• Reform taxation for fairness and increase tax on the top 15 per cent ; Use the money for many purposes (as previously mentioned) – including to invest in infrastructure like roads and rail – to bypass failed policies on user pays and privatisation
    • Begin a Treaty process re: Indigenous Australia ; as well as promoting Constitutional Recognition and removal of racist elements in the existing Constitution.
  • commented 2015-07-19 17:52:38 +1000
    Hi Matt & Tristen
    I have been following your conversation up to a point and agree the thrust of it is to resolve what is the basis ethos of the modern Labor Party.
    From my less educated but equally interested position The Labor Party has lost its way, many of the general Labor voters do so out of long term loyalty or because they believe they still represent the worker etc.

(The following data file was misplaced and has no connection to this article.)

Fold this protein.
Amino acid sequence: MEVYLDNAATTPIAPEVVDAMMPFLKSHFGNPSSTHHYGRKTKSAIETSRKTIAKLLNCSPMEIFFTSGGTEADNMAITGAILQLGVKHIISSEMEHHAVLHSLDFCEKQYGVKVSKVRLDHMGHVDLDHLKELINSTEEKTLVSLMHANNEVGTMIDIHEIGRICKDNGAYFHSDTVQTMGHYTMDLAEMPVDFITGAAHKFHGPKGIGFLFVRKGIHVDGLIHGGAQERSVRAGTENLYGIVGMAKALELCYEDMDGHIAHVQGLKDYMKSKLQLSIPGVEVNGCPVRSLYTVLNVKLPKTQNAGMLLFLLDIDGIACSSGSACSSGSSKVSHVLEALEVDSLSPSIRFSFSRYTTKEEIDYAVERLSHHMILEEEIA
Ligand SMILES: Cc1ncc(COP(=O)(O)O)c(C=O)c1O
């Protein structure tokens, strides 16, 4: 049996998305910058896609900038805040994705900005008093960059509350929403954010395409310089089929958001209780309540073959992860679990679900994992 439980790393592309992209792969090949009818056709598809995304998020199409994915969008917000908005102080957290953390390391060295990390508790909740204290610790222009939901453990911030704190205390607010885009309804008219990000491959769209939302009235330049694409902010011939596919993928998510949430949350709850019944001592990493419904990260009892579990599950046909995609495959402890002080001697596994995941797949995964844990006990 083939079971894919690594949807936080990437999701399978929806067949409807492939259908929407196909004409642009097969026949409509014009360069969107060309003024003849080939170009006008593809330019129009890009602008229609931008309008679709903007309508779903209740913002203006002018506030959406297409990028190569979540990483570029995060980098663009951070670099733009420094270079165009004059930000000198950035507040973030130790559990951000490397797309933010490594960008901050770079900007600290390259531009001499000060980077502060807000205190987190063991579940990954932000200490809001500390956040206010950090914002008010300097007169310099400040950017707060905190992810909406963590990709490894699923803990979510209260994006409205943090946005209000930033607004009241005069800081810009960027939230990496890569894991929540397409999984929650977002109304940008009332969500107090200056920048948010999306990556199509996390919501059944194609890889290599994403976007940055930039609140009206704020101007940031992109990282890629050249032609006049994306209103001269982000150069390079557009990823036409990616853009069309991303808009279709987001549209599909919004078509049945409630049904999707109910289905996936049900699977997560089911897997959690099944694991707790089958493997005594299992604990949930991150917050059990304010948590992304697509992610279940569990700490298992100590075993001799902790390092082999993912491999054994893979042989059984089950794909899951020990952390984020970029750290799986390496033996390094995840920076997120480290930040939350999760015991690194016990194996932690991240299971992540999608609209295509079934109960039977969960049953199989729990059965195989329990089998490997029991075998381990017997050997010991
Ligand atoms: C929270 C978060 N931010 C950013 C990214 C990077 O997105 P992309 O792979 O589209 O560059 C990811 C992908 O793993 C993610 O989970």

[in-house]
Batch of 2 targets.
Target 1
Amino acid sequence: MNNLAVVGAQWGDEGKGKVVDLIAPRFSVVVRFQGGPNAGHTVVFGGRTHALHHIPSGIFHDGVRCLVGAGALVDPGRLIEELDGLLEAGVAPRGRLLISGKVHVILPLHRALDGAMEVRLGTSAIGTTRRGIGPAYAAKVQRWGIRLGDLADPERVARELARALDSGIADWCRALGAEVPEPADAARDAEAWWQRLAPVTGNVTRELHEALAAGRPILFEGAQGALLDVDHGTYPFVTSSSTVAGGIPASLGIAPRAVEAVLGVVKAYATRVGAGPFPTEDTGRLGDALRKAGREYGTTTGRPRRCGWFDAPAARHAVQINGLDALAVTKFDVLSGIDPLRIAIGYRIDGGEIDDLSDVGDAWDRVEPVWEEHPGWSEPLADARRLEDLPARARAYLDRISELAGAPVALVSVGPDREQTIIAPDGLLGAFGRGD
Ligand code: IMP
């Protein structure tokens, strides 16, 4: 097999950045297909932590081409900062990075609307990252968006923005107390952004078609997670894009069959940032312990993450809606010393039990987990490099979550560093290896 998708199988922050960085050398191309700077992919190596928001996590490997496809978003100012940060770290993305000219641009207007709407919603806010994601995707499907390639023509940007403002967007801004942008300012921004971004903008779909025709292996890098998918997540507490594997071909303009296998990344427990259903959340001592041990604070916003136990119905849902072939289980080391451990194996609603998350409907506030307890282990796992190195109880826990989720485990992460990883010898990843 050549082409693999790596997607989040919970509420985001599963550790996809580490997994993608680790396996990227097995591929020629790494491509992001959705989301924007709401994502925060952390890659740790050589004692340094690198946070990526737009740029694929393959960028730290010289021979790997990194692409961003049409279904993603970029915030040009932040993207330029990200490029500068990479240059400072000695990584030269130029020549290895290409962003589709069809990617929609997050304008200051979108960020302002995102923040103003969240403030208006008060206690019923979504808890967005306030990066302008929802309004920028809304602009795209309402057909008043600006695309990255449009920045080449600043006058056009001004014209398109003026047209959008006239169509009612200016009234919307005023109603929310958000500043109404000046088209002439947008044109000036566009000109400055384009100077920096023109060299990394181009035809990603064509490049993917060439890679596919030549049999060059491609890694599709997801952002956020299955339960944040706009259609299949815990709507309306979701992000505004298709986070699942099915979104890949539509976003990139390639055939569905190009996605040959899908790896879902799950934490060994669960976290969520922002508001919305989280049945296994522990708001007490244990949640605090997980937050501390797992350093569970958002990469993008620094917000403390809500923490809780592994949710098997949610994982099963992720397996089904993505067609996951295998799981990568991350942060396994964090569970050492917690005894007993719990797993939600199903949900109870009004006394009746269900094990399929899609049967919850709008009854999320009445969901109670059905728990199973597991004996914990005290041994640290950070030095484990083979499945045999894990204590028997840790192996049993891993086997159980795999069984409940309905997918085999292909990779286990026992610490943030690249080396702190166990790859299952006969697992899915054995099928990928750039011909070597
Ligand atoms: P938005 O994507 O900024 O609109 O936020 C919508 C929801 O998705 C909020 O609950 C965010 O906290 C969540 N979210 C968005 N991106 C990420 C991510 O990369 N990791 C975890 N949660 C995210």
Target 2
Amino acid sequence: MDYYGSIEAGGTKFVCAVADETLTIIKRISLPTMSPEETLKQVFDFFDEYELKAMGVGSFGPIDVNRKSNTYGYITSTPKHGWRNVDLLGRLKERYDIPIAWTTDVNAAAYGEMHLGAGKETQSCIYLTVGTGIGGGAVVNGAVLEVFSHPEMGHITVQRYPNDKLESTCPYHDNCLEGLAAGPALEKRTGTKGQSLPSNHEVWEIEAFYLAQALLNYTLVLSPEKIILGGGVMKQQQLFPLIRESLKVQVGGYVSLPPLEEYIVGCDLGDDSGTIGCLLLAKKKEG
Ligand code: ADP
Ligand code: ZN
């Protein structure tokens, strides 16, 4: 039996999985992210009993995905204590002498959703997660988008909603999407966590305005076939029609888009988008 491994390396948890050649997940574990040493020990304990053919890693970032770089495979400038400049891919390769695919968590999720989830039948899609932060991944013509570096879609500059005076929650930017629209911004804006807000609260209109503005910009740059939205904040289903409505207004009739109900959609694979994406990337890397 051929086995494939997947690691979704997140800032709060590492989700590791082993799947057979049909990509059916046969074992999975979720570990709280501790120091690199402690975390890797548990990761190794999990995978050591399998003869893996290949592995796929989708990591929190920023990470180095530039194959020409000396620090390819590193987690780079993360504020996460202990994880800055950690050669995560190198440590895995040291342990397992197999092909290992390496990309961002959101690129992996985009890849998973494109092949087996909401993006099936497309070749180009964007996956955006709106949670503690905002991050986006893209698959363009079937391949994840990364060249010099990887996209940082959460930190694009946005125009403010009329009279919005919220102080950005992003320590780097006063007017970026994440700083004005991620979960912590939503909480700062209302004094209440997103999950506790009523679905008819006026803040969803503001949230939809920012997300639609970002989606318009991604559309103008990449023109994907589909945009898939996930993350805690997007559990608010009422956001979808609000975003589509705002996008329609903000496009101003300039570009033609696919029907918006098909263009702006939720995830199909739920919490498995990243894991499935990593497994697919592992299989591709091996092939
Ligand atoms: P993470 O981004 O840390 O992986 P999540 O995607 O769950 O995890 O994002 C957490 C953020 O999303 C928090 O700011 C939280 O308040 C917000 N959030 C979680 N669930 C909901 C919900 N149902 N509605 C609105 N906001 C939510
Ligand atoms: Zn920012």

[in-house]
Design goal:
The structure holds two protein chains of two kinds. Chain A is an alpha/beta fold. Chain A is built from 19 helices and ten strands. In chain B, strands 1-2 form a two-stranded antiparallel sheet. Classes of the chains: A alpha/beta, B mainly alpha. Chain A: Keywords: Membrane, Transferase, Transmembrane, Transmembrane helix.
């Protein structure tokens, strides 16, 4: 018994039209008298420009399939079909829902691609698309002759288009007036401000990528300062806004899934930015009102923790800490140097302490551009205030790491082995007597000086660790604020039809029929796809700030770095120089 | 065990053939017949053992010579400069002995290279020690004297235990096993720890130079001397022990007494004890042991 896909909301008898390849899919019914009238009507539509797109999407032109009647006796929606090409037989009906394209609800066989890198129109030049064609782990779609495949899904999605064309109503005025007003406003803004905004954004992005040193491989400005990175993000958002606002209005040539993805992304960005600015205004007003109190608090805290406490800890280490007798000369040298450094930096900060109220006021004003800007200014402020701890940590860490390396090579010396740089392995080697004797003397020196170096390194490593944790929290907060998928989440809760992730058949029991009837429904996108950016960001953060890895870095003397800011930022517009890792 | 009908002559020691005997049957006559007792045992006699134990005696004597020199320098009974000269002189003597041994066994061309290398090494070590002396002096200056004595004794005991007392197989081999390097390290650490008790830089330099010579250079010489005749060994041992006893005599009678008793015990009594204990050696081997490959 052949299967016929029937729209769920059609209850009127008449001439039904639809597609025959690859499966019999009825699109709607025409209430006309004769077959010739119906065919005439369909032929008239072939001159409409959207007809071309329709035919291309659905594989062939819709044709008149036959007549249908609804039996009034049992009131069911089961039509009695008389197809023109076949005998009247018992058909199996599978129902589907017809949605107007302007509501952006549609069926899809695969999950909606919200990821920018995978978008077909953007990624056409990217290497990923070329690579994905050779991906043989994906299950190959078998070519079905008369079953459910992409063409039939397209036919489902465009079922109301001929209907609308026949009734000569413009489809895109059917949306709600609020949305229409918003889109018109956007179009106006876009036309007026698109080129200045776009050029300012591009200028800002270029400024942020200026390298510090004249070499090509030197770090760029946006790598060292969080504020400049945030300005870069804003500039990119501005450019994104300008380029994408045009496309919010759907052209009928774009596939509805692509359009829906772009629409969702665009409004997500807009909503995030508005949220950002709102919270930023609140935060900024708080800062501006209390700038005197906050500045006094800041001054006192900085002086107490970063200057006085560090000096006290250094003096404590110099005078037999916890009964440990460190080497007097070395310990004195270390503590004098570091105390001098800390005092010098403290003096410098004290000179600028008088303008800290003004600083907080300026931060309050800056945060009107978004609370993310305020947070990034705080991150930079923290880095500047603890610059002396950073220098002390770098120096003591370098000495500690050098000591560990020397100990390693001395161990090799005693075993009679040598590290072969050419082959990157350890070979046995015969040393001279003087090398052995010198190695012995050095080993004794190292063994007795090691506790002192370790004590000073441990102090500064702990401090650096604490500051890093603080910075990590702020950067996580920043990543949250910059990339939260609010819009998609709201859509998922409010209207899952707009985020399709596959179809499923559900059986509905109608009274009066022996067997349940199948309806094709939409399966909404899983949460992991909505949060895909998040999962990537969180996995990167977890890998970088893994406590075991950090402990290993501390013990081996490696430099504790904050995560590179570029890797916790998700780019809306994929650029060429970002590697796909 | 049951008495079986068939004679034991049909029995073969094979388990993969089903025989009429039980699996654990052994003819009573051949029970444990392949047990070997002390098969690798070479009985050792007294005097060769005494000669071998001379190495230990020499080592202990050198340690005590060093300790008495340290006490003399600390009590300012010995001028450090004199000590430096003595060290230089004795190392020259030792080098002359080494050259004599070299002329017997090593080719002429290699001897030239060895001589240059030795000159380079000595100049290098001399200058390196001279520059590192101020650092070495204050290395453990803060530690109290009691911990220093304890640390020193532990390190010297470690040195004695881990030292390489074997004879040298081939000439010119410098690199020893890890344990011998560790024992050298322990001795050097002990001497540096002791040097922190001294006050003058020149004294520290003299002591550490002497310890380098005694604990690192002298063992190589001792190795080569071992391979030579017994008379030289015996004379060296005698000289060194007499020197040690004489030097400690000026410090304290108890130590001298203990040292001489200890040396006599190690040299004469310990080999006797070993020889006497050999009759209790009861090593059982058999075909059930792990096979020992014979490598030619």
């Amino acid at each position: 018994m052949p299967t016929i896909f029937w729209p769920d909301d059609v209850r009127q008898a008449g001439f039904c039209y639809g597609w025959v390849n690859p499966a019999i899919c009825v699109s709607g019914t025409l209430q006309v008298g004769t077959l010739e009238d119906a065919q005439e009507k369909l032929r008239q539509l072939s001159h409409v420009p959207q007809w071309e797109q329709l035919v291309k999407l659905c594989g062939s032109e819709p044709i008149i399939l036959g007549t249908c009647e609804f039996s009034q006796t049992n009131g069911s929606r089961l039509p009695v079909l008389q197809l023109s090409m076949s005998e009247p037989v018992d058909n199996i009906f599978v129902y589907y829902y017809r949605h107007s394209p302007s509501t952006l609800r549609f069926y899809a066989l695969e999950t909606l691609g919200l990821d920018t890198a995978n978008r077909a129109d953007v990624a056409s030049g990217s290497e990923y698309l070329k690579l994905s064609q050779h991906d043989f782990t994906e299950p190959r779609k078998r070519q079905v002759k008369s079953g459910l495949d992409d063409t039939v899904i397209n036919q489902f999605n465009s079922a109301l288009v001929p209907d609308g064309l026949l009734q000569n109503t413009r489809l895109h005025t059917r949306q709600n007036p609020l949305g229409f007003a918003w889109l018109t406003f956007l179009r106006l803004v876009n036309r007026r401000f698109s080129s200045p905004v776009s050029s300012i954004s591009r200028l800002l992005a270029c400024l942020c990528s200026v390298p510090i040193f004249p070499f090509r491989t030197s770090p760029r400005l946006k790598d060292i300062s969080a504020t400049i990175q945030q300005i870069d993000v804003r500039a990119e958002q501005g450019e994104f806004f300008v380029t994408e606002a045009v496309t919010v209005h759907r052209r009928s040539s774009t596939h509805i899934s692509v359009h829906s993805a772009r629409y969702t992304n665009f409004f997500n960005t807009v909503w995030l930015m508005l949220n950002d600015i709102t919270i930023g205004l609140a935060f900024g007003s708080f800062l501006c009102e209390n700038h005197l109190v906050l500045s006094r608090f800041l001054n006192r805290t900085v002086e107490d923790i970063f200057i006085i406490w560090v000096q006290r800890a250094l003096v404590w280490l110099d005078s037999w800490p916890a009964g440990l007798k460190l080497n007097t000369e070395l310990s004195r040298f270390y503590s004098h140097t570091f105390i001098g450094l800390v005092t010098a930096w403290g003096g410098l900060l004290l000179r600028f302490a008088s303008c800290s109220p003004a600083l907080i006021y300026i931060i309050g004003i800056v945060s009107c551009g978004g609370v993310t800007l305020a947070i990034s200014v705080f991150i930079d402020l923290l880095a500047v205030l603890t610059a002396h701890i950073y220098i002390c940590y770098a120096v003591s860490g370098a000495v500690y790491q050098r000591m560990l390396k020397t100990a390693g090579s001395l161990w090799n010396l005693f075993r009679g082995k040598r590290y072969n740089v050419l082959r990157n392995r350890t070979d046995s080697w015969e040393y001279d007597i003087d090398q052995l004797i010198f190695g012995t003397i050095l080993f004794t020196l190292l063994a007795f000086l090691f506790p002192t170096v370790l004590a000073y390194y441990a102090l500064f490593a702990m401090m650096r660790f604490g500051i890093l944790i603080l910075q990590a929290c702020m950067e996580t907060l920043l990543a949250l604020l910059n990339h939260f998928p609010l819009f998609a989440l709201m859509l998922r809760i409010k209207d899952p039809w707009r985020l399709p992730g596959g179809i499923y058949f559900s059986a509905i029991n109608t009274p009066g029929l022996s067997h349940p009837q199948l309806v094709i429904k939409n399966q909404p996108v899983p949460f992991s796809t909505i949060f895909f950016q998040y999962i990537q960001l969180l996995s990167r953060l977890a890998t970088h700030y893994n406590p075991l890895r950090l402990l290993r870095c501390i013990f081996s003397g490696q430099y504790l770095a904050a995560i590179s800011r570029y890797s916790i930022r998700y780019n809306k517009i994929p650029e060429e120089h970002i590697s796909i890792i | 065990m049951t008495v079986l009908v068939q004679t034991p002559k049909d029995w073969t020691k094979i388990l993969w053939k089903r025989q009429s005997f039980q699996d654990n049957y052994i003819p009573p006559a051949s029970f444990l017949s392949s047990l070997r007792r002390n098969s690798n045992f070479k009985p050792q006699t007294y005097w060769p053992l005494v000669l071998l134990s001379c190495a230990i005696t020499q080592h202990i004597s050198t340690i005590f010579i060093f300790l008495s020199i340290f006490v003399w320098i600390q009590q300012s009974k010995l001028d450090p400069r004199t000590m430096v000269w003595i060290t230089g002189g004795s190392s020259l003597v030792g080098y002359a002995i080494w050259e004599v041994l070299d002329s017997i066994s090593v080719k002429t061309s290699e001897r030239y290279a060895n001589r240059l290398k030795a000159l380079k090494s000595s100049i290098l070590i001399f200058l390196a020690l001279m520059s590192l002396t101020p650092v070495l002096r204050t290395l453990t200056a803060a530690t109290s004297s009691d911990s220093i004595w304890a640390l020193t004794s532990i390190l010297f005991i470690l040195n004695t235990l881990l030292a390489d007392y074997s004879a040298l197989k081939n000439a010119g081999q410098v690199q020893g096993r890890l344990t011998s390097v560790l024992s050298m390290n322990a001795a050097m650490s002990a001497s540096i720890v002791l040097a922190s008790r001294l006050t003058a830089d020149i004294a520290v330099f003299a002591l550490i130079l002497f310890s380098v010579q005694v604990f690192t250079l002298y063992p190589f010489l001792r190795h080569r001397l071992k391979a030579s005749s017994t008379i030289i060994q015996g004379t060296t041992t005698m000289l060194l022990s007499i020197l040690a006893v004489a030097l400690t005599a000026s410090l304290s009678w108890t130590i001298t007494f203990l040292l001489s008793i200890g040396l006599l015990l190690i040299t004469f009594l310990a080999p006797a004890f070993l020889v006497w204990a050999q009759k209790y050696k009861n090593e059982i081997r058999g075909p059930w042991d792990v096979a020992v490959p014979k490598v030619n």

However many also openly state that Labor has moved so far to the right that they are simply another conservative party, sacrificing their values to the racists, the corporations, and the economic rationalists.
    So I ask, with your very good and in-depth conversation is it engaging the members & supporters, will it win over converts, help defend against Abbott’s filthy mouth.
    The conversation should be engaging hundreds of members but is limited to 2 obviously very smart people.
    How can you turn this to a discussion to engage others, get a real grass roots discussion about where the party is and where is it going. Not classic tags like Social Democrats etc that mean very little to the average punter who is scared about who will defend us against the entitled and the ruling elite.
    Basically in the most basic terms what does Labor really stand for and how to get our leaders to live and breath it on our behalf and the long term benefit of Australia.
    Thanks
  • commented 2015-07-19 16:01:42 +1000